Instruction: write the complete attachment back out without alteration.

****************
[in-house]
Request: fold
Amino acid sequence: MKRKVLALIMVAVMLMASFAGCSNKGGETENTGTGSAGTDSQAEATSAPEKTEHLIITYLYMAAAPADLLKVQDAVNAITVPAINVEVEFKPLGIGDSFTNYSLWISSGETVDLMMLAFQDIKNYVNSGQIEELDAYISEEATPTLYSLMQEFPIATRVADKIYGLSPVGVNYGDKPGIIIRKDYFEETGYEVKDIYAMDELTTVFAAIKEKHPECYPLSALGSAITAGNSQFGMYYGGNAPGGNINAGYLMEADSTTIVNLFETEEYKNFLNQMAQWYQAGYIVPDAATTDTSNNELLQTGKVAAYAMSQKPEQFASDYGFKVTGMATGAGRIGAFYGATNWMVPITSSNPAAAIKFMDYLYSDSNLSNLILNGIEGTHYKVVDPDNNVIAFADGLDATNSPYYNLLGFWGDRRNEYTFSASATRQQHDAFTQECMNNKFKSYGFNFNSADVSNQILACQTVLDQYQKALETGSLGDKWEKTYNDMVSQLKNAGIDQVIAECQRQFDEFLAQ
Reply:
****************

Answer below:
[in-house]
Request: fold
Amino acid sequence: MKRKVLALIMVAVMLMASFAGCSNKGGETENTGTGSAGTDSQAEATSAPEKTEHLIITYLYMAAAPADLLKVQDAVNAITVPAINVEVEFKPLGIGDSFTNYSLWISSGETVDLMMLAFQDIKNYVNSGQIEELDAYISEEATPTLYSLMQEFPIATRVADKIYGLSPVGVNYGDKPGIIIRKDYFEETGYEVKDIYAMDELTTVFAAIKEKHPECYPLSALGSAITAGNSQFGMYYGGNAPGGNINAGYLMEADSTTIVNLFETEEYKNFLNQMAQWYQAGYIVPDAATTDTSNNELLQTGKVAAYAMSQKPEQFASDYGFKVTGMATGAGRIGAFYGATNWMVPITSSNPAAAIKFMDYLYSDSNLSNLILNGIEGTHYKVVDPDNNVIAFADGLDATNSPYYNLLGFWGDRRNEYTFSASATRQQHDAFTQECMNNKFKSYGFNFNSADVSNQILACQTVLDQYQKALETGSLGDKWEKTYNDMVSQLKNAGIDQVIAECQRQFDEFLAQ
Reply: